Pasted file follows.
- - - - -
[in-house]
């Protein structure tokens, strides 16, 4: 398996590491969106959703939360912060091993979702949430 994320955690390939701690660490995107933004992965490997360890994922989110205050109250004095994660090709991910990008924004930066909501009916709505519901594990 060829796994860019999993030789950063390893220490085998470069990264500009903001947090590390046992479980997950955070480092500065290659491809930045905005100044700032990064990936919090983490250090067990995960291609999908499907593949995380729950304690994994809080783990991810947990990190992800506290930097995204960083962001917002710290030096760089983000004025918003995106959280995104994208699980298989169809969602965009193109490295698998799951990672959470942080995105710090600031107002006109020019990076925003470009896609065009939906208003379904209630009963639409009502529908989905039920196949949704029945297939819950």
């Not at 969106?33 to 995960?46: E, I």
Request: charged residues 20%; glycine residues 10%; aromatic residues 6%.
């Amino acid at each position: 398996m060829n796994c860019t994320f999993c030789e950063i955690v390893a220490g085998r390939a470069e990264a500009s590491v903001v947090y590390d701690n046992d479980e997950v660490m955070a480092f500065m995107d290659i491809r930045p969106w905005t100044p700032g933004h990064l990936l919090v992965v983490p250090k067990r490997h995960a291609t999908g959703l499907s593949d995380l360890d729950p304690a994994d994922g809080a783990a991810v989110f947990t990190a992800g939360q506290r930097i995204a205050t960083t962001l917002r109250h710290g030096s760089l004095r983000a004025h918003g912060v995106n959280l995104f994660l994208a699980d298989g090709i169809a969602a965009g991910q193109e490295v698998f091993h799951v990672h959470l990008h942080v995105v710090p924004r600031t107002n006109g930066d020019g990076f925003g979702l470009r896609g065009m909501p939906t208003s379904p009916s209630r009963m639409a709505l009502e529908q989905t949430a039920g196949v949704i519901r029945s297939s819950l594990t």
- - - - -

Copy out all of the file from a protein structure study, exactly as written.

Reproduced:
[in-house]
């Protein structure tokens, strides 16, 4: 398996590491969106959703939360912060091993979702949430 994320955690390939701690660490995107933004992965490997360890994922989110205050109250004095994660090709991910990008924004930066909501009916709505519901594990 060829796994860019999993030789950063390893220490085998470069990264500009903001947090590390046992479980997950955070480092500065290659491809930045905005100044700032990064990936919090983490250090067990995960291609999908499907593949995380729950304690994994809080783990991810947990990190992800506290930097995204960083962001917002710290030096760089983000004025918003995106959280995104994208699980298989169809969602965009193109490295698998799951990672959470942080995105710090600031107002006109020019990076925003470009896609065009939906208003379904209630009963639409009502529908989905039920196949949704029945297939819950």
């Not at 969106?33 to 995960?46: E, I």
Request: charged residues 20%; glycine residues 10%; aromatic residues 6%.
């Amino acid at each position: 398996m060829n796994c860019t994320f999993c030789e950063i955690v390893a220490g085998r390939a470069e990264a500009s590491v903001v947090y590390d701690n046992d479980e997950v660490m955070a480092f500065m995107d290659i491809r930045p969106w905005t100044p700032g933004h990064l990936l919090v992965v983490p250090k067990r490997h995960a291609t999908g959703l499907s593949d995380l360890d729950p304690a994994d994922g809080a783990a991810v989110f947990t990190a992800g939360q506290r930097i995204a205050t960083t962001l917002r109250h710290g030096s760089l004095r983000a004025h918003g912060v995106n959280l995104f994660l994208a699980d298989g090709i169809a969602a965009g991910q193109e490295v698998f091993h799951v990672h959470l990008h942080v995105v710090p924004r600031t107002n006109g930066d020019g990076f925003g979702l470009r896609g065009m909501p939906t208003s379904p009916s209630r009963m639409a709505l009502e529908q989905t949430a039920g196949v949704i519901r029945s297939s819950l594990t």